Q&A: In Support of Teachers

Great schools start with great teachers, says Dr. Georgeanne Warnock, Superintendent of Terrell Independent School District. Her message: Now, more than ever, teachers need to feel valued and appreciated.

As Superintendent of Terrell ISD, Dr. Georgeanne Warnock is on the front lines of the challenges facing students and teachers, in one of the fastest-growing counties in the country, 30 miles east of Dallas, Texas.

She’s a passionate advocate for finding new ways to recruit and retain teachers, who are facing unprecedented pressures from a variety of sources. Under her leadership, Terrell is moving to a four-day school week, specifically targeting teacher retention. Dr. Warnock is also a social media sensation, with more than 40,000 followers on TikTok, who receive regular updates on her time on campus.

Delivering better learner outcomes begins with making teachers feel like their value and worth is appreciated, Dr. Warnock says.

What have you been learning about retaining teachers?

There’s a great quote by an author named Doris Santoro, and I’ll paraphrase, that demoralization is really what we’re seeing. Burnout is the extreme of demoralization.

When we talk about teachers leaving the profession, it’s not dissatisfaction. Lots of teachers really love the work that they get to do with kids. But when we think about demoralization, it’s when there’s a separation or a misalignment from the values that brought teachers into the profession and what they’re really living every day. There’s a real separation between what drove teachers to come into the profession and what their daily experience looks like today.

In that context, what’s working? How do you revive that spirit?

I think it is some of the little things that we’ve seen. First, what circumstances do we need to set up in the classroom to help make the teacher successful? What do we need to do more of? Really respecting and uplifting the professionalism of teachers and giving them the autonomous space to function in a standardized system. Then really being intentional about gratitude and how we call back the values of the profession. That is really important right now. In the latest survey from the Charles E. Butt Foundation, teachers expressed [they felt] an incredible lack of gratitude and value. There was about a 20 percent drop in every category. Only 5 percent of teachers feel valued by our elected officials.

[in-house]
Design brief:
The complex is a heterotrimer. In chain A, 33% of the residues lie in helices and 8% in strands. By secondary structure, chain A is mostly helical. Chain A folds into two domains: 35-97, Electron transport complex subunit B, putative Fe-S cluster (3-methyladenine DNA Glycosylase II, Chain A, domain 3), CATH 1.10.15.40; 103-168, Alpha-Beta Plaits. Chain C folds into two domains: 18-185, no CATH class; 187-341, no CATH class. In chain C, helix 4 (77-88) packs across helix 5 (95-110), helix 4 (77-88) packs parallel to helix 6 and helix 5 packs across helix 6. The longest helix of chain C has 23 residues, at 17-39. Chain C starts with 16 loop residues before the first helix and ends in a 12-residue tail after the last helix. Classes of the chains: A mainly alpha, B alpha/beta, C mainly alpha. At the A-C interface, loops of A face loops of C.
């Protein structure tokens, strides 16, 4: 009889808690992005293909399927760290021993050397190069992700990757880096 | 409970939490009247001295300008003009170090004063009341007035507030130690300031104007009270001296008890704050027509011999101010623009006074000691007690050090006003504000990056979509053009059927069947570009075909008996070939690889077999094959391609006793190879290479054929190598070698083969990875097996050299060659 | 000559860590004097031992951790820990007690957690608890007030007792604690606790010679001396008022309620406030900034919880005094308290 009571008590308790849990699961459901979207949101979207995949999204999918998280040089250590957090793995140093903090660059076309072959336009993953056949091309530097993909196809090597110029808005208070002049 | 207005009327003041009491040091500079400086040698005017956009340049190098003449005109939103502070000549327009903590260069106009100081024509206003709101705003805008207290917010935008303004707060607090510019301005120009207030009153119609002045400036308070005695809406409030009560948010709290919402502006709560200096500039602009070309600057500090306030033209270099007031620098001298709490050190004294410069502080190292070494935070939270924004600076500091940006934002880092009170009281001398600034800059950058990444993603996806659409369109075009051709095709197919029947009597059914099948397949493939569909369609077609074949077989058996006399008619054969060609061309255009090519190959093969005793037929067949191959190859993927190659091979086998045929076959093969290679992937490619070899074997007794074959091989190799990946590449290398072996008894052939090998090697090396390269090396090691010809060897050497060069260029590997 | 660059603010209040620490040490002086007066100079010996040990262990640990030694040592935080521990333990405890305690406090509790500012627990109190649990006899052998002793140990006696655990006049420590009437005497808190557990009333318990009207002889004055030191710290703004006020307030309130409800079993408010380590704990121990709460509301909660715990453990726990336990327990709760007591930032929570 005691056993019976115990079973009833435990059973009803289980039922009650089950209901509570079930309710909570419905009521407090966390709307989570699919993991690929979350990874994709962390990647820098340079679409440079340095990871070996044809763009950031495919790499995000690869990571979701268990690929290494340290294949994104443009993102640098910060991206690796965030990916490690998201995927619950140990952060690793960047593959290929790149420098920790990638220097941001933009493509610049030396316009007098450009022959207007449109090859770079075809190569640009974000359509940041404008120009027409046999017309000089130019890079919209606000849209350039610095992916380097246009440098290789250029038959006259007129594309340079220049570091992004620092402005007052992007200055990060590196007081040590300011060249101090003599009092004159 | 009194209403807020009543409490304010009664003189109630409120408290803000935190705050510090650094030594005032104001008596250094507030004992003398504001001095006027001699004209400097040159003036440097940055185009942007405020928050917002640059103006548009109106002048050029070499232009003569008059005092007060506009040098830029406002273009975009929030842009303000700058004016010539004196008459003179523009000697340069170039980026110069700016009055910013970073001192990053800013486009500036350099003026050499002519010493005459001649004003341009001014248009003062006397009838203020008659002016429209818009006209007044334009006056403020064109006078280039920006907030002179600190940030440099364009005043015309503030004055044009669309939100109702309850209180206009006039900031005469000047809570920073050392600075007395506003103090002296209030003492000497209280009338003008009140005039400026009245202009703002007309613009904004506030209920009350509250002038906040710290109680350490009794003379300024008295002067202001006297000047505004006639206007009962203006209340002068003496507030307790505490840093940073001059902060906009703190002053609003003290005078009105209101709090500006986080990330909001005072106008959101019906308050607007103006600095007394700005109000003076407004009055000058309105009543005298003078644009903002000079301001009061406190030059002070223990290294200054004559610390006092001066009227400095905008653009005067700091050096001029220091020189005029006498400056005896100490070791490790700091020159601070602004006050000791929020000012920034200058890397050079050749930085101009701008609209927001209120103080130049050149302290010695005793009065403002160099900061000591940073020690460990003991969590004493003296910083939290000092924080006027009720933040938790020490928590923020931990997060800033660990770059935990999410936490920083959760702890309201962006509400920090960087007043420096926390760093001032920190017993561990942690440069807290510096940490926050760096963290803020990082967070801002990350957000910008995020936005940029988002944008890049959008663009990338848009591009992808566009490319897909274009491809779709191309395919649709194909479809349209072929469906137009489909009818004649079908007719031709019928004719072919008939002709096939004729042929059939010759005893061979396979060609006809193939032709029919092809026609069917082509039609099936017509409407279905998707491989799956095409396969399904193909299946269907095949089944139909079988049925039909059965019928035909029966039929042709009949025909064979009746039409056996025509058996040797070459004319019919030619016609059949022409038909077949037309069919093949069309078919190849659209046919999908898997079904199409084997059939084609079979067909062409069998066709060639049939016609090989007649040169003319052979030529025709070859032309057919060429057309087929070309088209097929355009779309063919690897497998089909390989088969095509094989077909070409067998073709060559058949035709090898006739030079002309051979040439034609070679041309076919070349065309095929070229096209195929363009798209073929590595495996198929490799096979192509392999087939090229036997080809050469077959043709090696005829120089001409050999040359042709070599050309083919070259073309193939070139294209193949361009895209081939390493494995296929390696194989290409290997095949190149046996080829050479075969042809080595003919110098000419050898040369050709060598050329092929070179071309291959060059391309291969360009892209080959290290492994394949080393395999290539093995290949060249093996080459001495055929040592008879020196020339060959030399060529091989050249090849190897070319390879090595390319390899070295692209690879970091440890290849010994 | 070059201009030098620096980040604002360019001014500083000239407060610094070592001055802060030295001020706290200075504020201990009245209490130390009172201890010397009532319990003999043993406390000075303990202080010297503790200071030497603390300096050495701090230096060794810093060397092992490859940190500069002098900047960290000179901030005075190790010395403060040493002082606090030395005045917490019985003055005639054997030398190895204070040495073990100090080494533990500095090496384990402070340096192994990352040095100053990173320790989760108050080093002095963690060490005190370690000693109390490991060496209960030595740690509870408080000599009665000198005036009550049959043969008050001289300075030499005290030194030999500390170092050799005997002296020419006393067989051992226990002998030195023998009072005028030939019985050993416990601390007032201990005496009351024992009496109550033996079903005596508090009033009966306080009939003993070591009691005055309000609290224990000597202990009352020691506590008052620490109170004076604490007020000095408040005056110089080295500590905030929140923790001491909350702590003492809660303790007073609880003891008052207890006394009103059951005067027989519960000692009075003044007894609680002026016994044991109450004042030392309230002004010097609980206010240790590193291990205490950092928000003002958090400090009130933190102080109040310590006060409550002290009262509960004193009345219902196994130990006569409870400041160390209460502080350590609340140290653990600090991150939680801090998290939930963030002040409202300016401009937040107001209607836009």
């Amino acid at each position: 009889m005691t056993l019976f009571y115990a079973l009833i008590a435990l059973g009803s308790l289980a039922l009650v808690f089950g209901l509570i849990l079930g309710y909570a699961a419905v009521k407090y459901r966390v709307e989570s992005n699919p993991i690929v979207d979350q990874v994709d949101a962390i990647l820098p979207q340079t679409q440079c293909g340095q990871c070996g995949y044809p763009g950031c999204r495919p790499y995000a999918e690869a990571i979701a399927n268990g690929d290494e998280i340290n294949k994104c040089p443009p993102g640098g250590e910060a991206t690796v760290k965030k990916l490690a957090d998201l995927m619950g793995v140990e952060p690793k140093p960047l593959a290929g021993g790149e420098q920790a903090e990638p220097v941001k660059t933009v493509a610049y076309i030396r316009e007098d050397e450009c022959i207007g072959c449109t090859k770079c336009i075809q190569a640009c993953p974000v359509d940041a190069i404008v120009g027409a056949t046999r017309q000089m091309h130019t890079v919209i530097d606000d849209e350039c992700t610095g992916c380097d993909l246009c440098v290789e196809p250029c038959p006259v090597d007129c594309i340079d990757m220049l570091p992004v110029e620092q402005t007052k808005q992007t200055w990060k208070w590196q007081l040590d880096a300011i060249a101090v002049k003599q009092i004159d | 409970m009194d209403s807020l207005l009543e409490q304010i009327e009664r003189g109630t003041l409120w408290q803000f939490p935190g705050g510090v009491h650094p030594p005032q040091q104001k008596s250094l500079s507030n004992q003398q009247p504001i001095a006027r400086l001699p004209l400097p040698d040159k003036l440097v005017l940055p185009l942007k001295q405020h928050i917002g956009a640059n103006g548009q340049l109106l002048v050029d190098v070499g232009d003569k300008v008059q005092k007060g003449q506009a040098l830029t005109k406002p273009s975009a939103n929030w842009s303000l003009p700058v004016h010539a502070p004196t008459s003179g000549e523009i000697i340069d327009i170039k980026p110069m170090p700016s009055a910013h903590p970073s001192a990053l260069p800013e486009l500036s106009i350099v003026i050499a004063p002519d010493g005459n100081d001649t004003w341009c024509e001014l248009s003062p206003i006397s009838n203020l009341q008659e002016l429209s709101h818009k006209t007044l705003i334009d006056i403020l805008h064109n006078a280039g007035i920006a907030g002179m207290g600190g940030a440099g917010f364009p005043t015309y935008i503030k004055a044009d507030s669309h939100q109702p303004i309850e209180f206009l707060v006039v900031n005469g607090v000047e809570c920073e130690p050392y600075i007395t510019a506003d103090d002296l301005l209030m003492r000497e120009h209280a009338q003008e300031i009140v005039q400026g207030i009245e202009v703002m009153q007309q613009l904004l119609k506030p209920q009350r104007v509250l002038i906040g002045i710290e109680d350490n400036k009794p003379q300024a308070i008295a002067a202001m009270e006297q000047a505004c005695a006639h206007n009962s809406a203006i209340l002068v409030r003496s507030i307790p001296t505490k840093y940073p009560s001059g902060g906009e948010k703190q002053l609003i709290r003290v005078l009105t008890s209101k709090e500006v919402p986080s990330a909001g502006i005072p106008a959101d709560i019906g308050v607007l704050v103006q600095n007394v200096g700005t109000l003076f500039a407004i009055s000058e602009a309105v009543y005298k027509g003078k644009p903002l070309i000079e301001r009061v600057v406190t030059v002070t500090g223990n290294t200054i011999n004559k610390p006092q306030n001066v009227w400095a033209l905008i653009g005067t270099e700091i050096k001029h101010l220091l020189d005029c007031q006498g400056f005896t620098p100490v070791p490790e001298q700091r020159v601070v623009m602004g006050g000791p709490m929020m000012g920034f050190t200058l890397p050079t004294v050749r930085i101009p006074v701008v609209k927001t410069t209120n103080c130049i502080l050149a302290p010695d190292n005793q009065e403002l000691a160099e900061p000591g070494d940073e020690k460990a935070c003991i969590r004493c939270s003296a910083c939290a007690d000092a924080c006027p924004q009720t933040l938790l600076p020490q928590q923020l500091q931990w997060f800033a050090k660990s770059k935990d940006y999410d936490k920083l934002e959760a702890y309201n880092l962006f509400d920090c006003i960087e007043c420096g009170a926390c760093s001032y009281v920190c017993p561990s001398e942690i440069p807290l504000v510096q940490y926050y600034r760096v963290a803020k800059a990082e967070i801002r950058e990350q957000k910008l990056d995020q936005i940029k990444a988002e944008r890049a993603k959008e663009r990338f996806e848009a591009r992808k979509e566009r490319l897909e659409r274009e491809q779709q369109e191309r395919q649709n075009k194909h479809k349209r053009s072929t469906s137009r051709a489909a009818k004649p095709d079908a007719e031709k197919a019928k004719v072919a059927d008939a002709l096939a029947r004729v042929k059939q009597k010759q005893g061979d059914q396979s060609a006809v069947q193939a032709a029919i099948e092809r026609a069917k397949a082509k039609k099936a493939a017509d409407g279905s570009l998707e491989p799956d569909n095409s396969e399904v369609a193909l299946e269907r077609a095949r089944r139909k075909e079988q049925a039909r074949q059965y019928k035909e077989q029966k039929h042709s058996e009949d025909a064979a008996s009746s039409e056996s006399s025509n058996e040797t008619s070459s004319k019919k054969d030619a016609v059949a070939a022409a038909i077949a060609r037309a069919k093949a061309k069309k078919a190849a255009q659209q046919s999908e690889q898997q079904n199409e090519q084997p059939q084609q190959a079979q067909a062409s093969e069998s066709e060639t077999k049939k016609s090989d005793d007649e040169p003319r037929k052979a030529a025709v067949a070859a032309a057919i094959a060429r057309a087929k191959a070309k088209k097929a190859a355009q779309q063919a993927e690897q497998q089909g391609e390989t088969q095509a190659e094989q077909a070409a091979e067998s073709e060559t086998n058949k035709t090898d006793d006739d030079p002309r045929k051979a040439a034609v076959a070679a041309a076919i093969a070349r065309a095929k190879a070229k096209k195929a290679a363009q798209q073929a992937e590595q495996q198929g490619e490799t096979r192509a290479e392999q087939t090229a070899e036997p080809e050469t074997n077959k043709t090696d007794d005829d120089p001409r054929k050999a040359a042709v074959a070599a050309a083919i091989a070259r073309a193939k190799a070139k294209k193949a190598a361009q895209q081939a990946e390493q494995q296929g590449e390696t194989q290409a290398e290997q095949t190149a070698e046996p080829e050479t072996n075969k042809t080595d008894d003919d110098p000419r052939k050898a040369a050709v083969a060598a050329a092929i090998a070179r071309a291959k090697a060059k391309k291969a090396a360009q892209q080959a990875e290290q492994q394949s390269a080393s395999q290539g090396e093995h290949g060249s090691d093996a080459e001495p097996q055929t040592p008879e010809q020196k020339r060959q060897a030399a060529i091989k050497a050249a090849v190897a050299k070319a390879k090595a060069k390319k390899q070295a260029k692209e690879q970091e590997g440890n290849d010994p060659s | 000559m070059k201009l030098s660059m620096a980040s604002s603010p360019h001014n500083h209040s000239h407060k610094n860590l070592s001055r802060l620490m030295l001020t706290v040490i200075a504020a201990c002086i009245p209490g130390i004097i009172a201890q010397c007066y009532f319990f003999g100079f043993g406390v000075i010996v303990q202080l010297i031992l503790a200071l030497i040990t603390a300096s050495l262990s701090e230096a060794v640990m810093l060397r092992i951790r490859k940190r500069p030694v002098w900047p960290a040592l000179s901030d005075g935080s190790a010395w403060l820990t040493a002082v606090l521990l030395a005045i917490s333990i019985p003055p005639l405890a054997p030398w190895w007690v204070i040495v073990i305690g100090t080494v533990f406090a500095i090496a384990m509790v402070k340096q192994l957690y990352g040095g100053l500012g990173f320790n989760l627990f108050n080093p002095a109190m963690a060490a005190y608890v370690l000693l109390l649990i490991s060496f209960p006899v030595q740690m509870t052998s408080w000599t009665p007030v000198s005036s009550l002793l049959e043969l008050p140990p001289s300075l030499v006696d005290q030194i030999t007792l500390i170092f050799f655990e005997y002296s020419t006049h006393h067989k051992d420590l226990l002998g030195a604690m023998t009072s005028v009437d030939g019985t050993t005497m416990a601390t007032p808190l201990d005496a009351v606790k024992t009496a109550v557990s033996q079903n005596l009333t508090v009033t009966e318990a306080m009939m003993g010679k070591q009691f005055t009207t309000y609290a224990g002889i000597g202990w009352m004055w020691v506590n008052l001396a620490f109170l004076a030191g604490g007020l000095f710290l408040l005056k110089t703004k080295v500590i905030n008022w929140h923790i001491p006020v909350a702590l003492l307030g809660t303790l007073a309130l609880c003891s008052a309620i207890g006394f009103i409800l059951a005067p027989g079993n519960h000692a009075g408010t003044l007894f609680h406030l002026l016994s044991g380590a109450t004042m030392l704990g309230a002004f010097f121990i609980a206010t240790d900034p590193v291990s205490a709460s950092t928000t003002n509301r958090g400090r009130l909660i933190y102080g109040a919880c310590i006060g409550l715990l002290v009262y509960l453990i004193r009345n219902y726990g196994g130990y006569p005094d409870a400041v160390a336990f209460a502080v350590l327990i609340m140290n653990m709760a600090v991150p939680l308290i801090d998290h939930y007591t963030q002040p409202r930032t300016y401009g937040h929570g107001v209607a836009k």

How can design support those goals?
Having space where teachers feel uplifted, inspired to come and work — modern spaces that a community has supported and said, “we value our students, we value our staff, and we want you to be in a beautiful space and a healthy space.”

We have heard from our staff that they want more connections coming out of the pandemic. I think facilities that inspire connectivity and collaboration definitely contribute to keeping staff present.

There’s a real separation between what drove teachers to come into the profession and what their daily experience looks like today.

How do you incorporate those spaces into a campus?
We redesigned some of our teacher lounges. It’s little things. We wanted to intentionally design break rooms and break areas that invite teachers to come and just have a reset, or they’re able to check out.

They can have a decent cup of coffee and some peace. We’ve done some lounge refreshes with minor updates just to make it a space that says, “we value you, and you can take a breath here.”

What are the goals of the four-day class schedule?

The only reason we’re doing that is to recruit and retain teachers. We hope to see a deeper pool of certified and highly qualified applicants to hire from, and then we hope to see improved student outcomes because we’ve been able to recruit and retain excellent staff.

What role does social media play in the larger communication goals?

Now, more than ever, it’s important to realize that for a lot of our families the only place to get information is on social media. So, we’re making sure that we are really sharing out the positive messages and offering virtual opportunities for people to connect with us.

What do you like about social media?

Personally, I started helping to cover classes in our district during the pandemic. We started chronicling that on TikTok, and it gained a little following. It’s been good to be a voice.

Why are you making the extra effort to teach classes?

It’s been incredible learning for me as a superintendent. Figuring out little things like the ice machine isn’t working or we don’t have a good system for copier paper. The little things, but also big things, like this assignment isn’t working well. I’m seeing it play out firsthand, and it gives it a different lens.

I think I always learn more about what’s going on every time I’m at a campus talking to teachers or talking to kids. “What don’t you like? What do we need to improve?” It’s hard to lead if you don’t know what’s working and what isn’t. And the best way to do that is to hear from the people that you’re serving.